An Apology and An Explanation

So I haven’t written anything in a long while. Social Media has been bereft of my presence far too long, and I want to fix that. The reason is simply that I have been taking up most of my time with writing. Writing, writing, writing! I’m trying to finish the second draft of Dark Soldier before the end of July. That’s quite a feat. But I’m keeping myself back by one problem.

Publishing anxiety.

Now it’s not to say I don’t love the characters. I find them fun and organic, witty and human. I don’t mind showing the book to an editor. I don’t even mind sending out bits of scenes to the general public. But the whole book? That feels… odd… to say the least. The fact is that once something’s out there, it is out there to stay. So I have been perfecting it to the best of my ability. I know that I’ll have someone editing before it’s published. And yet, I worry about it a great deal. I’m taking a risk, and as with all risks, there are second thoughts. These are mine.

Perhaps I shouldn’t put my worries out there on the internet, yet here we are.

In a concluding thought, I am considering changing the name of the book. It is currently “Dark Soldier”. My other name plan is “Monsters Within”. Thoughts?

8 thoughts on “An Apology and An Explanation

  1. Very different feel to the two titles. Dark Soldier sound like an adventure with a brooding hero, Monsters Within doesn’t really paint a picture of a story so much as the inner conflict of the character. But – that’s just me and totally base on the titles not anything else you’ve said about the book.

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  2. Monsters Within suggests a story where the struggle is largely internal, and as a title has a feel more like a horror novel of some sort, or an adult contemporary novel about mental illness. Now this is an interesting concept for fantasy. However, in terms of marketing etc… (which means I’m standing back as a reader looking for a good sword/sorcery fantasy – visualizing both titles on the shelf), I’d pick up Dark Soldier to learn more, might not pick up the other. You could adjust the title to be something like Dark Soldier of (whatever his country is). I think your current title or some minor adjustment of it would be representative of either way you end up going. If you really want to figure your book out, I recommend you try writing the elevator pitch (if you’ve done this, revisit it). Assume you’ve got 1-5 sentences to describe your book and sell it. I’ve been working on one for almost two months on and off, and more than anything it forces you to distill the work into single ideas and work out the struggle. Should it be largely internal or external. Of course, it can be both, and in a big way. I don’t know the back-story of the MC, but perhaps he has some awful internal struggle. Then, he is driven on an adventure. When the adventure is going well, the internal struggle will work to bring him down. When the adventure is a problem, perhaps that’s where he shines? I don’t know. I’m not really sure that was a suggestion or a long winded ramble. Good luck with it anyhow! (also I really like my suggestion Dark Soldier of …. not saying you should do something like that, but it would be awesome if you did, give the title some real flavor.)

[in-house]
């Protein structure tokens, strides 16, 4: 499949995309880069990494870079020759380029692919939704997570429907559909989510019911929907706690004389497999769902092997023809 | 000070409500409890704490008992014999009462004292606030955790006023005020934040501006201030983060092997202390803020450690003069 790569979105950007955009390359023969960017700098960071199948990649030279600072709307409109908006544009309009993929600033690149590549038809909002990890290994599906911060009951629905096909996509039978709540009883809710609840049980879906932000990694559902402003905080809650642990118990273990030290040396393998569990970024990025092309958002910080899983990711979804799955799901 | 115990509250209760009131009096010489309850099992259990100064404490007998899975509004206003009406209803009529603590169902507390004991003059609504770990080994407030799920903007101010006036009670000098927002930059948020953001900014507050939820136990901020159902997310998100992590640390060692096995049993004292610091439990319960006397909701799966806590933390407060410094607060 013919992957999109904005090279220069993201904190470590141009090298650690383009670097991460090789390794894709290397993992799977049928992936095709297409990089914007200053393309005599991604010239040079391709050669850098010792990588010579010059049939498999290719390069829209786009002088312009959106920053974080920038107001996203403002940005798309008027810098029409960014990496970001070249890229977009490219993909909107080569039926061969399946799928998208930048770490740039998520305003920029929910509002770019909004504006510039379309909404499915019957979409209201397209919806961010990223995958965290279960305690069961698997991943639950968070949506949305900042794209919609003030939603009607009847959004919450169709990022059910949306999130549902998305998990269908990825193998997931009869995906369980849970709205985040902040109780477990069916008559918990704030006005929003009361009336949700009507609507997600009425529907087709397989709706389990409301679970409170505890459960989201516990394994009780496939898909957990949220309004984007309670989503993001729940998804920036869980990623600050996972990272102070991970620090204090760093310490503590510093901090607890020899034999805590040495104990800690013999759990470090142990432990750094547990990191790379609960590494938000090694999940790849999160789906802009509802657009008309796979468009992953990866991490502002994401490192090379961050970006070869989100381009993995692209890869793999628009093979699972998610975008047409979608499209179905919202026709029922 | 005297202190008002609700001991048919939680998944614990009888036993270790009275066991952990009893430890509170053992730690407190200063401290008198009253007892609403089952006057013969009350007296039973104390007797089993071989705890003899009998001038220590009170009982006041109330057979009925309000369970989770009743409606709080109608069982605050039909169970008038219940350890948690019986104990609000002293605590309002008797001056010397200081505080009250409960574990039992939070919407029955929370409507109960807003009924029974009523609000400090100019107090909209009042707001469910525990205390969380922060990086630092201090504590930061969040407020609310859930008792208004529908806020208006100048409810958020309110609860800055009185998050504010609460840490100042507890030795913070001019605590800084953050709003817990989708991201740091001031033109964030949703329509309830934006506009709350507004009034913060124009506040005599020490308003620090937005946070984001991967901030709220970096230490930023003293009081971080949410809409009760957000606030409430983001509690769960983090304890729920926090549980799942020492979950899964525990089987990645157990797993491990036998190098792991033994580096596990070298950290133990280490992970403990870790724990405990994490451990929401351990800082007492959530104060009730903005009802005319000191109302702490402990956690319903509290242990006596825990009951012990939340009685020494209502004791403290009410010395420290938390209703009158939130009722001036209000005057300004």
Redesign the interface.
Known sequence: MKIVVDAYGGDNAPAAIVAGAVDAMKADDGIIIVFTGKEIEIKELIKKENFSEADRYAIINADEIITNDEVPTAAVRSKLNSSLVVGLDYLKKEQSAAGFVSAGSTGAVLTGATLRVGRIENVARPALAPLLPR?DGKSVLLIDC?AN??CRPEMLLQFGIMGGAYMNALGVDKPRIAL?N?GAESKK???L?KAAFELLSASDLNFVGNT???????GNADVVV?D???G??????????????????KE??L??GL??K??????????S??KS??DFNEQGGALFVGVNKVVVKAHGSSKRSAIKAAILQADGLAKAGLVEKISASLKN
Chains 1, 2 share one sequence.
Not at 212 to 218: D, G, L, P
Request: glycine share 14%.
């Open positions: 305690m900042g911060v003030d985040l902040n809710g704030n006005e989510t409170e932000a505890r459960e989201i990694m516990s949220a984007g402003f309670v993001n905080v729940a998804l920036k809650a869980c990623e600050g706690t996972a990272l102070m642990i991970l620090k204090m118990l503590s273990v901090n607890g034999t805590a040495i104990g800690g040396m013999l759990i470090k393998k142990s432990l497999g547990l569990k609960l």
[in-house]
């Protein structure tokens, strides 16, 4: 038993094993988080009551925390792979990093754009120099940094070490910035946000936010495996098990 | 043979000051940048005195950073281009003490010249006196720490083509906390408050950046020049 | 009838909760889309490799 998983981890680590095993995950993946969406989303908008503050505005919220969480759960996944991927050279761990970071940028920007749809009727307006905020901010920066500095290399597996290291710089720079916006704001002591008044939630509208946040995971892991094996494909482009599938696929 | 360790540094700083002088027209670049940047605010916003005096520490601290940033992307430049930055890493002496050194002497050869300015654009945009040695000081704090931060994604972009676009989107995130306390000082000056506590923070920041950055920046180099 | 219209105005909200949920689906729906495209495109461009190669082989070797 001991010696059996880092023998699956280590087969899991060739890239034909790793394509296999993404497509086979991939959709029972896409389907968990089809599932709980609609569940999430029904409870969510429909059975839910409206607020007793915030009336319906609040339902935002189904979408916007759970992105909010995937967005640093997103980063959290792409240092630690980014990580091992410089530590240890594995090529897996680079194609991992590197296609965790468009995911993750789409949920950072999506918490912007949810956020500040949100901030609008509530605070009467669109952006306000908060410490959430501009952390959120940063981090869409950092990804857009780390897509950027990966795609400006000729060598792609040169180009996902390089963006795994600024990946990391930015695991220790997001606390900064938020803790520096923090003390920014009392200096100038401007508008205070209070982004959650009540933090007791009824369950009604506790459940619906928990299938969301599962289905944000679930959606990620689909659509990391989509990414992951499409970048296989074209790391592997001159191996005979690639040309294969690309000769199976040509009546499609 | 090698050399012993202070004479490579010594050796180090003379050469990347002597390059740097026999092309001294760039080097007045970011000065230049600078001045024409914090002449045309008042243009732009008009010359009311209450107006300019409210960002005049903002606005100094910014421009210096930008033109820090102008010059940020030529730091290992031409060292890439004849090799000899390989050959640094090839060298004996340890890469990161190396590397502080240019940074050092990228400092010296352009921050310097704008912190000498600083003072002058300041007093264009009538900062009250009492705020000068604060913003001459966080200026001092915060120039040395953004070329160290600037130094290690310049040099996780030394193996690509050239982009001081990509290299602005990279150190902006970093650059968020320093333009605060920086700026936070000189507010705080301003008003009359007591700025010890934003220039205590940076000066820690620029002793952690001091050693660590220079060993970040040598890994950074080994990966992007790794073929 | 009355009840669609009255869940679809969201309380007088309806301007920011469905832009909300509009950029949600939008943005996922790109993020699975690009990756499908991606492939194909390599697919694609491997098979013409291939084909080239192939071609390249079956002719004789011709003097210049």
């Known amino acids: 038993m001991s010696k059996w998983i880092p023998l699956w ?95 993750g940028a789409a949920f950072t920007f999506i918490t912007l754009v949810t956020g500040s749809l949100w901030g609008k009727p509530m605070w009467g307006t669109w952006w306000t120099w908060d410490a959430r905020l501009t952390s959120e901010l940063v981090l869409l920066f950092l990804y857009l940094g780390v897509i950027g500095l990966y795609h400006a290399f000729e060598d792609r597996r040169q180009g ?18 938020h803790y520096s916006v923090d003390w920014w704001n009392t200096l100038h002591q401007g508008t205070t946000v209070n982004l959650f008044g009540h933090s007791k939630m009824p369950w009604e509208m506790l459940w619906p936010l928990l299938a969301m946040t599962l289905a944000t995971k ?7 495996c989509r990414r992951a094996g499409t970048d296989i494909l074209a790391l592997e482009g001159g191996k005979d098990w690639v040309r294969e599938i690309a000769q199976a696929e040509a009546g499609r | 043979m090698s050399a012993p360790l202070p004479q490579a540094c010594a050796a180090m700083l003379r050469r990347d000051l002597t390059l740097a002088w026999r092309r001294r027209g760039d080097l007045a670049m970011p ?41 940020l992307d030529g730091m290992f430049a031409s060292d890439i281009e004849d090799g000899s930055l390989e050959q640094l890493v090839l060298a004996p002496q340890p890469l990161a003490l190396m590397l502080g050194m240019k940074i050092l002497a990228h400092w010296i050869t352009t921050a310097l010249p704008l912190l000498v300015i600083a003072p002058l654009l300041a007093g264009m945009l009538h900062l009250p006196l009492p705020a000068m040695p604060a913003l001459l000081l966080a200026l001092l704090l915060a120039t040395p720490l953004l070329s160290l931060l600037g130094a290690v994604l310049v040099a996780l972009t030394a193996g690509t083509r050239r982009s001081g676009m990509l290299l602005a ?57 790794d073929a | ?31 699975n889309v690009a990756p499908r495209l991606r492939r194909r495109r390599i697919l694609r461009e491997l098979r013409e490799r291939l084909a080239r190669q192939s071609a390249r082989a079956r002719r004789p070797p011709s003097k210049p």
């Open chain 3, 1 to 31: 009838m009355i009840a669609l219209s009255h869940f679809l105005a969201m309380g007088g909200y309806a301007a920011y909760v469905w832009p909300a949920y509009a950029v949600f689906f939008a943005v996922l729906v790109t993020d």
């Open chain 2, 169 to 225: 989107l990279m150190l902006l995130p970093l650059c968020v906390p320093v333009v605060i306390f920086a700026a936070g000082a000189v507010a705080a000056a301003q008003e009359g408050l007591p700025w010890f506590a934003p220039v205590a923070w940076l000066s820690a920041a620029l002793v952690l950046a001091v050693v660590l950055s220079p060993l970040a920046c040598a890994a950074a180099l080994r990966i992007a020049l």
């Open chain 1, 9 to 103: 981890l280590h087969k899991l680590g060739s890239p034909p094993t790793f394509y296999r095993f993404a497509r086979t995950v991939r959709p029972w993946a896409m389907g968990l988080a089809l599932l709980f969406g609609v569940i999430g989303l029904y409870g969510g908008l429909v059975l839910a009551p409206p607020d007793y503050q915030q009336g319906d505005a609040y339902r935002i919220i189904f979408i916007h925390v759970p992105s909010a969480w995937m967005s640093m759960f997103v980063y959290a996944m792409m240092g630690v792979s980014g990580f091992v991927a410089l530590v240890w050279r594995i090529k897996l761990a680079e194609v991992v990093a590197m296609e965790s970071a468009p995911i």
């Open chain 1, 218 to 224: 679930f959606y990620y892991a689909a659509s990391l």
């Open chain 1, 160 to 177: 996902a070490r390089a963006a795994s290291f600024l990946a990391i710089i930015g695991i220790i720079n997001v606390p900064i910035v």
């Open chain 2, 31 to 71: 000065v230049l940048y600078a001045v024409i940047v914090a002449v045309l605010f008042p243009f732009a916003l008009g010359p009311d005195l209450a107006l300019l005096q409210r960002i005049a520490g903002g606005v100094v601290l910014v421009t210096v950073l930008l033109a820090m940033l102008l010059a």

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    1. His town’s name is rather long, so I doubt it would work. xD It’s call Asynthandt. It definitely gives the title its flavor, but it’s a mouthful.
      And to answer your question, Malkeon most certainly has an intense internal struggle, which is a key factor of the book’s plot. I have done the elevator pitch, which is what brought me to “Monster Within”. But I can see where people would be confused with the title, and agree that Dark Soldier is better in the end.

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  3. I think it should remain ‘Dark Soldier’ too. Because (honestly?) it sounds cooler.
    ‘Monsters Within’ does signify the internal struggle of the protagonist, it’s true, but that’s not what came to mind immediately. When I saw it, I was like, “No! ‘Dark Soldier’ is way better.” And this is partially because I’m bombarded with similar-sounding books that are tailored for empty-headed teenage girls, and which are thinly-veiled, sloppy romances with half-baked plots. (I’m a teenage girl, but I like to think I’m not empty-headed.)
    Which is why I advocate ‘Dark Soldier’. It manages to convey all the steampunk-plus-fantasy awesomeness (or that’s maybe because I know about it). And it conveys the protagonist’s ‘darkness’ enough, too, when you think about it. And I would abhor it if your book was ignored because of its title.
    Finally up to you, of course, but this is my rant. Cheers 🙂

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